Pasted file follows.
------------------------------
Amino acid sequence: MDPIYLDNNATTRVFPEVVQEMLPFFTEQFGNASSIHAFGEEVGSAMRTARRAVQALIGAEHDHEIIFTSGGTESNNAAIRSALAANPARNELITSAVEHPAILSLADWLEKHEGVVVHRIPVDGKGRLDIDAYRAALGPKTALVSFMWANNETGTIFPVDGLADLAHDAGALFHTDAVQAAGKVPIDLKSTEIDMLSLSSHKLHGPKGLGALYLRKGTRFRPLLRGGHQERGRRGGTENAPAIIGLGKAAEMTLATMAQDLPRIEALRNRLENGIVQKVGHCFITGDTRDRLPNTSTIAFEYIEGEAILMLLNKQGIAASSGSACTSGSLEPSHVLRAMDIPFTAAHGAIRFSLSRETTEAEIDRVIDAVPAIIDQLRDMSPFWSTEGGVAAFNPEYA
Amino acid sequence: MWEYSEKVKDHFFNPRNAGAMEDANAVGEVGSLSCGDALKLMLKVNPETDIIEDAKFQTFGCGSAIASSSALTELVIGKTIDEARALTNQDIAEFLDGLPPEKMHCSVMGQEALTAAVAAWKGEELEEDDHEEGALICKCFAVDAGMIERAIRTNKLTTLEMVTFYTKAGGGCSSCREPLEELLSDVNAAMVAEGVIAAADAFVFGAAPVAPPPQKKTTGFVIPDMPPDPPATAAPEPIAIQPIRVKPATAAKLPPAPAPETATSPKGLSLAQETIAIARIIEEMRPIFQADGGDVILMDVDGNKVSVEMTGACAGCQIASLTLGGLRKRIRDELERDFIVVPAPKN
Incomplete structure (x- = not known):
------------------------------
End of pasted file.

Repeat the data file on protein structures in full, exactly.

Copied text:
Amino acid sequence: MDPIYLDNNATTRVFPEVVQEMLPFFTEQFGNASSIHAFGEEVGSAMRTARRAVQALIGAEHDHEIIFTSGGTESNNAAIRSALAANPARNELITSAVEHPAILSLADWLEKHEGVVVHRIPVDGKGRLDIDAYRAALGPKTALVSFMWANNETGTIFPVDGLADLAHDAGALFHTDAVQAAGKVPIDLKSTEIDMLSLSSHKLHGPKGLGALYLRKGTRFRPLLRGGHQERGRRGGTENAPAIIGLGKAAEMTLATMAQDLPRIEALRNRLENGIVQKVGHCFITGDTRDRLPNTSTIAFEYIEGEAILMLLNKQGIAASSGSACTSGSLEPSHVLRAMDIPFTAAHGAIRFSLSRETTEAEIDRVIDAVPAIIDQLRDMSPFWSTEGGVAAFNPEYA
Amino acid sequence: MWEYSEKVKDHFFNPRNAGAMEDANAVGEVGSLSCGDALKLMLKVNPETDIIEDAKFQTFGCGSAIASSSALTELVIGKTIDEARALTNQDIAEFLDGLPPEKMHCSVMGQEALTAAVAAWKGEELEEDDHEEGALICKCFAVDAGMIERAIRTNKLTTLEMVTFYTKAGGGCSSCREPLEELLSDVNAAMVAEGVIAAADAFVFGAAPVAPPPQKKTTGFVIPDMPPDPPATAAPEPIAIQPIRVKPATAAKLPPAPAPETATSPKGLSLAQETIAIARIIEEMRPIFQADGGDVILMDVDGNKVSVEMTGACAGCQIASLTLGGLRKRIRDELERDFIVVPAPKN
Incomplete structure (x- = not known):